Are you looking to start your own locksmith business or expand your already existing locksmith business? If so, you will need to be aware of the many options available to you when it comes to resolving a dispute with your contractor. The realities of the business world mean that sometimes you will be let down by those on which you most rely. Also, one of the most common situations, where business owners are forced to face this reality is when a dispute arises with a contractor. How you deal with these situations when they arise will have a significant effect on how quickly you can resume business as usual. However, such disputes often threaten to boil over, leading to lost income, time and the incurrence of significant expenses if the dispute should end up in court. Therefore, it is important that you have an understanding of how you can deal with a dispute with your contractor even before one can arise.

Where do I begin?

Unfortunately, it is increasingly becoming the standard practice for a dispute between a business and a contractor to begin with threats, or even with legal action. Do not let your locksmith business fall into this trap. The first step you should take in every single dispute in which you may find yourself, is to have an open and honest conversation with your contractor. You should do this in a manner that allows your contractor to feel comfortable rather than confronted so that they can understand what you are saying rather than starting on the defensive. Also, you should listen to what they have to say, as the problem could simply be a matter of miscommunication. Otherwise, they may wish to do things in a different way – and one with which you don’t agree.

Even if you do not come to an agreement when initially talking with your contractor, this conversation will help lay the groundwork for the next step in the process of resolving the dispute. Unfortunately, talking it out with your contractor might not always work. In this case, it is advisable that you seek the advice of a legal professional, as the next step you undertake will have legal consequences for both you and your contractor.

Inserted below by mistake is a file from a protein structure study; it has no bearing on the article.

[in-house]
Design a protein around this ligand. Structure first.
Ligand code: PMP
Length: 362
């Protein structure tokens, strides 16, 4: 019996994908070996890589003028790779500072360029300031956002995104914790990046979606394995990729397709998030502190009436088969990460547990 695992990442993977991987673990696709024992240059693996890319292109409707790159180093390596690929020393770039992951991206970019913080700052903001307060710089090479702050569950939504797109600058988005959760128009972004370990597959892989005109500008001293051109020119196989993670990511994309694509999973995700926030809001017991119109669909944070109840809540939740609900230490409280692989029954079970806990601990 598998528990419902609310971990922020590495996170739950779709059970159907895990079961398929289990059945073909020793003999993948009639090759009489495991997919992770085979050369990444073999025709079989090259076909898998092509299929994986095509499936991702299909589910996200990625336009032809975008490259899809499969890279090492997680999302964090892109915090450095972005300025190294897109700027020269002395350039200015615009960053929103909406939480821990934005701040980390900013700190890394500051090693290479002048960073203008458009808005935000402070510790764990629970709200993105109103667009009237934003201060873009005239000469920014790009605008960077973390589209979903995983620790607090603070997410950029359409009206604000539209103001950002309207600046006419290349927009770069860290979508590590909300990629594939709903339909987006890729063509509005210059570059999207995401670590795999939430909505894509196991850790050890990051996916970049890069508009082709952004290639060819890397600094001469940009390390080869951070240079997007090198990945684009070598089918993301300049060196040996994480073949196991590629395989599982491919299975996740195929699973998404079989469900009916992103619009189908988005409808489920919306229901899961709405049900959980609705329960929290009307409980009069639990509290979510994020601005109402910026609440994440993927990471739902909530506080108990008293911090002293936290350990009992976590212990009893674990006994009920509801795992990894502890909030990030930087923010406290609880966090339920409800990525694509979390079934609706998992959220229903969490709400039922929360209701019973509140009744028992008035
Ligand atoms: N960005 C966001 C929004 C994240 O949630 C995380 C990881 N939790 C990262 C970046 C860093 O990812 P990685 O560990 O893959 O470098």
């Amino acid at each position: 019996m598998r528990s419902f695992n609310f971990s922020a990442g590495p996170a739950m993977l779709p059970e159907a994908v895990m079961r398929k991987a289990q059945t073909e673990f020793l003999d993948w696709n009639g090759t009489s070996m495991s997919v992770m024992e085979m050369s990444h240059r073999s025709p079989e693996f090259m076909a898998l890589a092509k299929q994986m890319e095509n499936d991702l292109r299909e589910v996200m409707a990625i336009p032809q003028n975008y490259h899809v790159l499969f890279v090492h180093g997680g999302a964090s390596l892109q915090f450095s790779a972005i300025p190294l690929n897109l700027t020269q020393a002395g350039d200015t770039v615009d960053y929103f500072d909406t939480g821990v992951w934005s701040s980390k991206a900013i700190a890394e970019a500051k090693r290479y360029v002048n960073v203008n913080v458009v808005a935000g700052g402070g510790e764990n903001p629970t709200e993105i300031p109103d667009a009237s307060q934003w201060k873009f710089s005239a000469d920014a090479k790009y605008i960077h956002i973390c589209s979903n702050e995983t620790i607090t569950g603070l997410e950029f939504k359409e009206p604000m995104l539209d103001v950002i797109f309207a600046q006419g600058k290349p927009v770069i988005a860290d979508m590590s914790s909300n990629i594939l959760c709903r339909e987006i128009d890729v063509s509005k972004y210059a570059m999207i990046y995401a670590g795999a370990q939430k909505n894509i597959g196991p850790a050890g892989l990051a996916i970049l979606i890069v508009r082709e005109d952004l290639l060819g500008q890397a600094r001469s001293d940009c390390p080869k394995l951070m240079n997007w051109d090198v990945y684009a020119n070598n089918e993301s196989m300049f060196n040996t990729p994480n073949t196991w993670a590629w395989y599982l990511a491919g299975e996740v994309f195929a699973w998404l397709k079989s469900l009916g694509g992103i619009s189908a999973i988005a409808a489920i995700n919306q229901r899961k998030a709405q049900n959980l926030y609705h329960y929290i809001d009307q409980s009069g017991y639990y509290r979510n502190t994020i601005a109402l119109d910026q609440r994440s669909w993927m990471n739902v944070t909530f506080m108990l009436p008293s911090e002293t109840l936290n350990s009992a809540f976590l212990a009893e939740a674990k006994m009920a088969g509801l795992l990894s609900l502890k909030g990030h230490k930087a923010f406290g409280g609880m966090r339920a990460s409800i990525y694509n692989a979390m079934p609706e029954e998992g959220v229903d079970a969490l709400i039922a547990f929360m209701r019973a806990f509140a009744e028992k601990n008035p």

What if the initial talks fail?

If getting your contractor to see things from your perspective fails, you will have several options available to you. The first and cheapest option available to you now is mediation. If you feel that you were close to an agreement in your initial conversation with your contractor, this could be the correct option for you. However, if you feel that your contractor is unfair or unreasonable, then you could engage in a process called mediation.

Mediation is a process that involves a neutral third party who listens to both you and your contractor while reviewing any evidence of the terms of the agreement, such as a contract. After hearing both sides and considering the evidence, the mediator will then come to a decision as to how this situation is the be resolved. This decision will be final, however, and neither you nor your contractor will be able to appeal the decision to a court of law. Therefore, this option will be best for your locksmith business if you honestly believe that your contractor has wronged you.

The final option available to is taking the dispute to court. Needless to say this will be a costly process, and could take months or even years to resolve. As a result, it is only advisable to consider this option in the event that no resolution is possible. Also, if you are unlikely to receive a large amount of compensation or damages, you may just want to cut your losses and move on.

Conclusion

If you looking to start your own locksmith business or expand your already existing locksmith business, you will need to be aware of the many options available in resolving a dispute with your contractor. Unfortunately, disputes with contractors are one of the realities of life when running a business, as not everyone will meet your standard when it comes to doing work. Therefore, you should protect your business by having a thorough understanding of how to deal with such situations, and all the options available to you. If having an open and honest conversation with your contractor does no resolve the problem, you should seek legal advice before you decide on the next step. There is a range of options, which vary in price and severity.

If you have any further questions relating to how to resolve a dispute with your contractor, feel free to call LegalVision for a fixed-fee quote.

Adi Snir

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